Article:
Many have no idea children were once forced into backbreaking jobs in mines, textiles, glass factories, canneries, and other places where children do not belong.
The hustle and bustle of the back-to-school season is starting to wind down, and students, teachers, and parents are already looking forward to the first school break: Labor Day.
Have you ever asked yourself if your child, grandchild, niece, or nephew knows the significance of the Labor Day holiday? Few schools teach in-depth about the labor movement, and I highly doubt many children even know why they are out of school. Many have no idea children were once forced into backbreaking jobs in mines, textiles, glass factories, canneries, and other places where children do not belong. Labor activists eventually ended child labor and won better working conditions for adult workers, including the eight-hour workday.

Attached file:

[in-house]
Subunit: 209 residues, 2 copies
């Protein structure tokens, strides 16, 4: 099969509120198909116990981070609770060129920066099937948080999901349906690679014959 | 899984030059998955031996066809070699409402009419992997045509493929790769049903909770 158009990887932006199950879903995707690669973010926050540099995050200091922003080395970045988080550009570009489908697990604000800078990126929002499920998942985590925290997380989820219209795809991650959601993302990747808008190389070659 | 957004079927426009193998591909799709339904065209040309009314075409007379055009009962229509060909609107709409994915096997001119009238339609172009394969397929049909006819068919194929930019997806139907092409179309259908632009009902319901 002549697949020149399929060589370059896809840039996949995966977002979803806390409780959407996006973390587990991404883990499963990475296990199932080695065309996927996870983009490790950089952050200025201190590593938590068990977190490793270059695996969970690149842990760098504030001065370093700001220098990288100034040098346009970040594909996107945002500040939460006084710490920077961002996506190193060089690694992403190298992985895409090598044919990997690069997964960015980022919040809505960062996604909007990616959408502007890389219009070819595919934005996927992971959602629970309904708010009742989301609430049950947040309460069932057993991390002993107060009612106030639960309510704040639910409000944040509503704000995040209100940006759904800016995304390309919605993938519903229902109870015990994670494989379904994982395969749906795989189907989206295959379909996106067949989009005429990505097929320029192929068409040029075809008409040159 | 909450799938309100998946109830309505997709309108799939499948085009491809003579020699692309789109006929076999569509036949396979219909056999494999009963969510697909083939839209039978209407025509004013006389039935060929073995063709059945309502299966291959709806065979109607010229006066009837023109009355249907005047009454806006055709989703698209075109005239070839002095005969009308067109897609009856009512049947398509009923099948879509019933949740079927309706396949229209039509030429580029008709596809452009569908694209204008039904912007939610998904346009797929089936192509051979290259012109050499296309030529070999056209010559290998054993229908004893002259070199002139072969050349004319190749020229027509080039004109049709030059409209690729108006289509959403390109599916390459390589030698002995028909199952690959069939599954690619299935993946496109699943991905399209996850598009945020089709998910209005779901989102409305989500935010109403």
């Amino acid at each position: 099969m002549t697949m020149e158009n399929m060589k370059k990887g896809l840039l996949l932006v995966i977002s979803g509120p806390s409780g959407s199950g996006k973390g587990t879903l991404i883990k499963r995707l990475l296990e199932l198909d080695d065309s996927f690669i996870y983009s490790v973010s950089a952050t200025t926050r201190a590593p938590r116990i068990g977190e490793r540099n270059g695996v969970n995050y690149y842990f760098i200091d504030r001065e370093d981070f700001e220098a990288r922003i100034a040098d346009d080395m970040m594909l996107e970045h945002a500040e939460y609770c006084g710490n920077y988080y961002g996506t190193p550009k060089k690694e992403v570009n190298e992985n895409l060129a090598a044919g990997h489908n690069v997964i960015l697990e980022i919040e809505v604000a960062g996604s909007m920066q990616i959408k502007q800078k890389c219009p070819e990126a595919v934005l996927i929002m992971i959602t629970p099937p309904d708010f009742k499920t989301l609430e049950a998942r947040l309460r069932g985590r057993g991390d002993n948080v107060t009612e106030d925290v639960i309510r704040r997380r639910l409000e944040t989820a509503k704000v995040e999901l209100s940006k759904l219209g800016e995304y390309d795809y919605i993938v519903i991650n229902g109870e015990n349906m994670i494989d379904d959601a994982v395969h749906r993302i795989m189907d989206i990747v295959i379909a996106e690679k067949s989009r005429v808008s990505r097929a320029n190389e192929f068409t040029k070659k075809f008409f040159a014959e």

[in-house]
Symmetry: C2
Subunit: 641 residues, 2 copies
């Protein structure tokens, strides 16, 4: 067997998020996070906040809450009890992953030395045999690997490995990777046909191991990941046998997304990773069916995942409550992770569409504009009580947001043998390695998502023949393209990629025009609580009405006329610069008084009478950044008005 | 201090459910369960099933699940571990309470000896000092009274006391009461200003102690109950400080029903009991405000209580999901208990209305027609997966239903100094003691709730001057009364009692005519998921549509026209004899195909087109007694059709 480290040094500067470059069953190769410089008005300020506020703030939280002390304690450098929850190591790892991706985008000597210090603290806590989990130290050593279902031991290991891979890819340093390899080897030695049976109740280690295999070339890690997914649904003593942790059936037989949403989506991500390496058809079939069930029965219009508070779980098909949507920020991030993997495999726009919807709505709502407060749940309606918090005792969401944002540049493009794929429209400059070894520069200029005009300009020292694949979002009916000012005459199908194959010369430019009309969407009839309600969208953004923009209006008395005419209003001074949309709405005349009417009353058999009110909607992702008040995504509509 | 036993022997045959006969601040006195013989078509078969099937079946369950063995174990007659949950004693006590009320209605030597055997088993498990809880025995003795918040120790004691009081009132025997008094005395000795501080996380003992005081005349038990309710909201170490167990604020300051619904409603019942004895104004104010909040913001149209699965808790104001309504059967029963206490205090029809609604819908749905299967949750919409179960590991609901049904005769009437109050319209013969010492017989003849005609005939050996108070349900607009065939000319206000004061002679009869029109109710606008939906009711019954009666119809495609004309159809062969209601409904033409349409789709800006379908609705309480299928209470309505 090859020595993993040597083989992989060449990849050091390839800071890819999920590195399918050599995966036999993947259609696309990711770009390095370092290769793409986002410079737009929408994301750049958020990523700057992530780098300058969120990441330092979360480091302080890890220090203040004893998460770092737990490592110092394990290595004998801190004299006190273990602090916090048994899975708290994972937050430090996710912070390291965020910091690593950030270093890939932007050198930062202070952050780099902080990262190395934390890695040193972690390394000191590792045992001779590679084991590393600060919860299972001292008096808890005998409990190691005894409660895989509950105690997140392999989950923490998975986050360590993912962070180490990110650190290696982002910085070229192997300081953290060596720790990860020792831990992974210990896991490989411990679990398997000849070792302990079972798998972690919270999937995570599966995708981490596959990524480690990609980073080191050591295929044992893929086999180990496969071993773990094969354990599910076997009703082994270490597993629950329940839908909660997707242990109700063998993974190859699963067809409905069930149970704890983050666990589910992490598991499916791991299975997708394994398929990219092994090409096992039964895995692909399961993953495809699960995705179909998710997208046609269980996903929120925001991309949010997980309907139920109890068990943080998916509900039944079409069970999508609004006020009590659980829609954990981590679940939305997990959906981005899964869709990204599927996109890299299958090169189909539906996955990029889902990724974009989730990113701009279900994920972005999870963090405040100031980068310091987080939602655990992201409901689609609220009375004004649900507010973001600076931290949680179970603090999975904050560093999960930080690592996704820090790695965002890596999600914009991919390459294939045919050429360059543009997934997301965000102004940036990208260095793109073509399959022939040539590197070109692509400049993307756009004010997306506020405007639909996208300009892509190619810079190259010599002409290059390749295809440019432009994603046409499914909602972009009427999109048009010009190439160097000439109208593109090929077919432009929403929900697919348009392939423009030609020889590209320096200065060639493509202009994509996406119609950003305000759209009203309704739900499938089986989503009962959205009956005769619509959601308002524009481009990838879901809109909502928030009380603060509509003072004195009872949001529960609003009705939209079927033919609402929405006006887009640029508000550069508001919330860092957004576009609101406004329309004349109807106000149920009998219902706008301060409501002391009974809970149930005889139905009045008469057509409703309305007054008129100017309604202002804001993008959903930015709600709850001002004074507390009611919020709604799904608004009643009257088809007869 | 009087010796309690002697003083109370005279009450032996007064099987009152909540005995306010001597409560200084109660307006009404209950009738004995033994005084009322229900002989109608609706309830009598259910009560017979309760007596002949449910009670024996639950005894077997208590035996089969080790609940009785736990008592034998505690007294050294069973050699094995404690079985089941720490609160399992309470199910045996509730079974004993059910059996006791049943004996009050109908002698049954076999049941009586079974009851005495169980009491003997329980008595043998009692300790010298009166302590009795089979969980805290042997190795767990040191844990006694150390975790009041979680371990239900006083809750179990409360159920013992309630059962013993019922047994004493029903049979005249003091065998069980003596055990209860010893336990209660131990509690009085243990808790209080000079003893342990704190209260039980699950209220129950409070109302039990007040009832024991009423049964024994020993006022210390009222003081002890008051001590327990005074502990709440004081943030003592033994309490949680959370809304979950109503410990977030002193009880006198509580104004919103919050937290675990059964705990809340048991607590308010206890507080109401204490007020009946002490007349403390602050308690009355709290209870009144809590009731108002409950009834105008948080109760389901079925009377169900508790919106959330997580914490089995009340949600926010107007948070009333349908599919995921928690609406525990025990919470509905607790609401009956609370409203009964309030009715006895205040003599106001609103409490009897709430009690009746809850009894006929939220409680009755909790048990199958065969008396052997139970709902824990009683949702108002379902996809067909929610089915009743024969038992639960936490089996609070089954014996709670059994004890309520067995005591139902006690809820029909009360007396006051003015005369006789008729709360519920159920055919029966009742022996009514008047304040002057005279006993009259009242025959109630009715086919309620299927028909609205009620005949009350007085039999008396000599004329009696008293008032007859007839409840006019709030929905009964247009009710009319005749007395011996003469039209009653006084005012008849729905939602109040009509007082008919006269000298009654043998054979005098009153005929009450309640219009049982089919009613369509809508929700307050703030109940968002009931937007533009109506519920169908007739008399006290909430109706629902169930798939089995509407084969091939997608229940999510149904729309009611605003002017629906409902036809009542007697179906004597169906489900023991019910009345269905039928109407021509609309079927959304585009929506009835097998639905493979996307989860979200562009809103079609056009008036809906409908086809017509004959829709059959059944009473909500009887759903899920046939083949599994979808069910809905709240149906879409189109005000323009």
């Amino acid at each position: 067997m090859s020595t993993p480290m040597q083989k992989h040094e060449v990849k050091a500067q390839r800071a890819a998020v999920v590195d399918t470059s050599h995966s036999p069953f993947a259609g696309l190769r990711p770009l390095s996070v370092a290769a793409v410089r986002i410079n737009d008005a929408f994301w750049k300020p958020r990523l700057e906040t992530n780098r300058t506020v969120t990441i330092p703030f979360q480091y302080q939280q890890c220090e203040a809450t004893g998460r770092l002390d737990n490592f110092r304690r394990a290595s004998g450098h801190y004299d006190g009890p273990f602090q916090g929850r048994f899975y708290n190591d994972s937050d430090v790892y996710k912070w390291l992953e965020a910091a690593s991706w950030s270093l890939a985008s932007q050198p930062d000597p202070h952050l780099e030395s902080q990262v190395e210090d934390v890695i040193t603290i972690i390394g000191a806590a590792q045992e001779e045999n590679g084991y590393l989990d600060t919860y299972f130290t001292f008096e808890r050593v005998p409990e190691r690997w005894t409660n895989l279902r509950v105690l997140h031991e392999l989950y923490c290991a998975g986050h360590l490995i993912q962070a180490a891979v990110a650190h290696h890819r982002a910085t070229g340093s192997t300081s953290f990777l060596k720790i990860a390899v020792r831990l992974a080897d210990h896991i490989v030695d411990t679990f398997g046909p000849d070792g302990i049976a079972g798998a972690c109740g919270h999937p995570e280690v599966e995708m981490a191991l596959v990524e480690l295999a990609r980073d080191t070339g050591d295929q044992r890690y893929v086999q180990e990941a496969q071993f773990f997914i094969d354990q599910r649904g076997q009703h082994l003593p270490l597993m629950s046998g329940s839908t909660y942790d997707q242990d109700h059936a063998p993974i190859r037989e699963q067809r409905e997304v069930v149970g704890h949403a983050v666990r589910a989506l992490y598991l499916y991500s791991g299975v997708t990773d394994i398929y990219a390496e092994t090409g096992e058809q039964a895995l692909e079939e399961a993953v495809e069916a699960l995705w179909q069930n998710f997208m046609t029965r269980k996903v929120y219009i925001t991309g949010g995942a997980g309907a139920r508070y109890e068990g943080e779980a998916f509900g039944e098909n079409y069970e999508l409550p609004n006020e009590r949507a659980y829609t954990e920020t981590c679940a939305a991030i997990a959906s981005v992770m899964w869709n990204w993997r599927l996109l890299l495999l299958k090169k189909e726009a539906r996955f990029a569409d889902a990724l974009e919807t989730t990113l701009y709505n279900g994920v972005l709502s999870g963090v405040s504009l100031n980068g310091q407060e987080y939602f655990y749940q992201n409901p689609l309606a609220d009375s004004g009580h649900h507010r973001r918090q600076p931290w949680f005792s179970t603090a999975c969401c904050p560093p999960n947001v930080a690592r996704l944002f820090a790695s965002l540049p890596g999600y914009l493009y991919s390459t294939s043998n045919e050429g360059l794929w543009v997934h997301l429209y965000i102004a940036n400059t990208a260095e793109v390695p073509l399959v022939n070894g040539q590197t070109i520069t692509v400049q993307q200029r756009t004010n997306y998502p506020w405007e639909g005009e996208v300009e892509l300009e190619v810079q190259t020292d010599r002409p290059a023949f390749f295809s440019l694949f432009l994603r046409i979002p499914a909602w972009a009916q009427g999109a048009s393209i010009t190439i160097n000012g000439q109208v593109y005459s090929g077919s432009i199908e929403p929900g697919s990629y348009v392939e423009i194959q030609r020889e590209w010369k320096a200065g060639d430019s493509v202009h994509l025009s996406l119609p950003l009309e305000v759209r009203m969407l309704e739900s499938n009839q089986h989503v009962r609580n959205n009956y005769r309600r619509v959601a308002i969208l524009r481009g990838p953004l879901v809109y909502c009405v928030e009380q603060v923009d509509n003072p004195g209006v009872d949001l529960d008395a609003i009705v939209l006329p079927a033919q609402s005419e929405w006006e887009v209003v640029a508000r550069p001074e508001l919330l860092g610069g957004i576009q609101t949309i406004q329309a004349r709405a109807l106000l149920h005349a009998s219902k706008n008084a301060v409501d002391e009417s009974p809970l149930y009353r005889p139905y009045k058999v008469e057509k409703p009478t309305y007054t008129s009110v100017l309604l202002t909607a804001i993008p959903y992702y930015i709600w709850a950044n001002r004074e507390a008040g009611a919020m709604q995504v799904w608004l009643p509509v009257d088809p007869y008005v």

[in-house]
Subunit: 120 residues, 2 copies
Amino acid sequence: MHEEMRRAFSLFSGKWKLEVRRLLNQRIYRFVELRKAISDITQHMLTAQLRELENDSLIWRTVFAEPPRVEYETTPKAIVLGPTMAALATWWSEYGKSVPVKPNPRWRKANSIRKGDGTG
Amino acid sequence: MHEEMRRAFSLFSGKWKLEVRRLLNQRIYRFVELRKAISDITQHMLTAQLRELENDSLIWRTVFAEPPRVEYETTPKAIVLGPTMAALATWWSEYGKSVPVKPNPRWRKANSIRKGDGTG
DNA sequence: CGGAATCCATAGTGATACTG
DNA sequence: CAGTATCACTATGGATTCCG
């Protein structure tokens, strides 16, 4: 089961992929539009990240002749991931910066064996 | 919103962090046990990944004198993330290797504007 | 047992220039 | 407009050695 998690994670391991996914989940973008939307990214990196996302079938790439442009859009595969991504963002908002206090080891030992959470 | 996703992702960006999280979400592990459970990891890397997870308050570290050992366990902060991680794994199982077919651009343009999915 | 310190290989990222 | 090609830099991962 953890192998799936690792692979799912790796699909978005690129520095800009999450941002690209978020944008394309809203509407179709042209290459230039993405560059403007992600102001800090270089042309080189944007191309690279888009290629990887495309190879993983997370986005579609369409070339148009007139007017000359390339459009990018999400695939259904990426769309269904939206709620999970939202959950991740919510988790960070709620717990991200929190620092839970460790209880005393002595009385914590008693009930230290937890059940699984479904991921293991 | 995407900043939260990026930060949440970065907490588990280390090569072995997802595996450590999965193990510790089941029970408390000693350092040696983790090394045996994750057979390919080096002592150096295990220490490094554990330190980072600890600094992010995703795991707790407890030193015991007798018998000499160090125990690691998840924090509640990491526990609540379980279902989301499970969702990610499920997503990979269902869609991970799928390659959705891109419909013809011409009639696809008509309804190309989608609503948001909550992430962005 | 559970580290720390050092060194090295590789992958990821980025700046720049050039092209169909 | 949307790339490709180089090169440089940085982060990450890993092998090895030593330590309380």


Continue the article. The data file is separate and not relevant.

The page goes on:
Labor Day honors the social and economic contributions American workers have made to the growth, health and prosperity of our country. It was first celebrated in this country in the 1880s when people commonly work 12-hour days. The first Labor Day rally, in 1882, was in support of an eight-hour workday. By 1893, more than half the states were observing a âLabor Dayâ on one day or another, and Congress passed a bill to establish a federal holiday in 1894. President Grover Cleveland signed the bill soon afterward, designating the first Monday in September as Labor Day.
Learners are Leaders, Inc.âs mission includes uplifting future leaders through learning towards moral, social and cultural betterment. We invite you to use this holiday as a teachable moment or reinforce what you have already instilled in your young leader. Help them to learn more about the labor force and future careers. Be sure to visit www.LL-inc.org for activities to facilitate career-conversation with your young leader.
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